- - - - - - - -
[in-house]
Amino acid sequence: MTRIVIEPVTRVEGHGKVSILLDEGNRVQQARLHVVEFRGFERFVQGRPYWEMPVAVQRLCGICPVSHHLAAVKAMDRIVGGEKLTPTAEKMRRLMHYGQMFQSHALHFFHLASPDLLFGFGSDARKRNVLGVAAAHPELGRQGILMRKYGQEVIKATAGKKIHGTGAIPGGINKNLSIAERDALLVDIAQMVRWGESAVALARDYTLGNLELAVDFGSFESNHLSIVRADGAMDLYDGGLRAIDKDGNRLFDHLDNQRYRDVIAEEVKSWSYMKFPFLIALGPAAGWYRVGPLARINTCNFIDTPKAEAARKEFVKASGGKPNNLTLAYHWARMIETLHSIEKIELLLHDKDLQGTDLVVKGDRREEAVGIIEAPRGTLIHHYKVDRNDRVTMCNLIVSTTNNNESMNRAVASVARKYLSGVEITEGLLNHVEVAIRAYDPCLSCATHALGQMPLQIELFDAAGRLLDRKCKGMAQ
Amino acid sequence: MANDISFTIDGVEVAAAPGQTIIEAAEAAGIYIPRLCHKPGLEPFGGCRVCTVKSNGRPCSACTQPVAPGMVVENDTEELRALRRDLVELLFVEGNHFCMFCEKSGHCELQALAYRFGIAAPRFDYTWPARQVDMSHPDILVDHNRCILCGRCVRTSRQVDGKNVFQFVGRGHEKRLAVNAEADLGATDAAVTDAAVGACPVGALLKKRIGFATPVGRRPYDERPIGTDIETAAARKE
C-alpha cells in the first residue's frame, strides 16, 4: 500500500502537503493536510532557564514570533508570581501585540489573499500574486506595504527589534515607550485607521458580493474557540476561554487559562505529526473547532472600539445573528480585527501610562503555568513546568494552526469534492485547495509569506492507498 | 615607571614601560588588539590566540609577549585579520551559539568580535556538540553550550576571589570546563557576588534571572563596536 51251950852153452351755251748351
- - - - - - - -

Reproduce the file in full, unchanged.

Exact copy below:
[in-house]
Amino acid sequence: MTRIVIEPVTRVEGHGKVSILLDEGNRVQQARLHVVEFRGFERFVQGRPYWEMPVAVQRLCGICPVSHHLAAVKAMDRIVGGEKLTPTAEKMRRLMHYGQMFQSHALHFFHLASPDLLFGFGSDARKRNVLGVAAAHPELGRQGILMRKYGQEVIKATAGKKIHGTGAIPGGINKNLSIAERDALLVDIAQMVRWGESAVALARDYTLGNLELAVDFGSFESNHLSIVRADGAMDLYDGGLRAIDKDGNRLFDHLDNQRYRDVIAEEVKSWSYMKFPFLIALGPAAGWYRVGPLARINTCNFIDTPKAEAARKEFVKASGGKPNNLTLAYHWARMIETLHSIEKIELLLHDKDLQGTDLVVKGDRREEAVGIIEAPRGTLIHHYKVDRNDRVTMCNLIVSTTNNNESMNRAVASVARKYLSGVEITEGLLNHVEVAIRAYDPCLSCATHALGQMPLQIELFDAAGRLLDRKCKGMAQ
Amino acid sequence: MANDISFTIDGVEVAAAPGQTIIEAAEAAGIYIPRLCHKPGLEPFGGCRVCTVKSNGRPCSACTQPVAPGMVVENDTEELRALRRDLVELLFVEGNHFCMFCEKSGHCELQALAYRFGIAAPRFDYTWPARQVDMSHPDILVDHNRCILCGRCVRTSRQVDGKNVFQFVGRGHEKRLAVNAEADLGATDAAVTDAAVGACPVGALLKKRIGFATPVGRRPYDERPIGTDIETAAARKE
C-alpha cells in the first residue's frame, strides 16, 4: 500500500502537503493536510532557564514570533508570581501585540489573499500574486506595504527589534515607550485607521458580493474557540476561554487559562505529526473547532472600539445573528480585527501610562503555568513546568494552526469534492485547495509569506492507498 | 615607571614601560588588539590566540609577549585579520551559539568580535556538540553550550576571589570546563557576588534571572563596536 51251950852153452351755251748351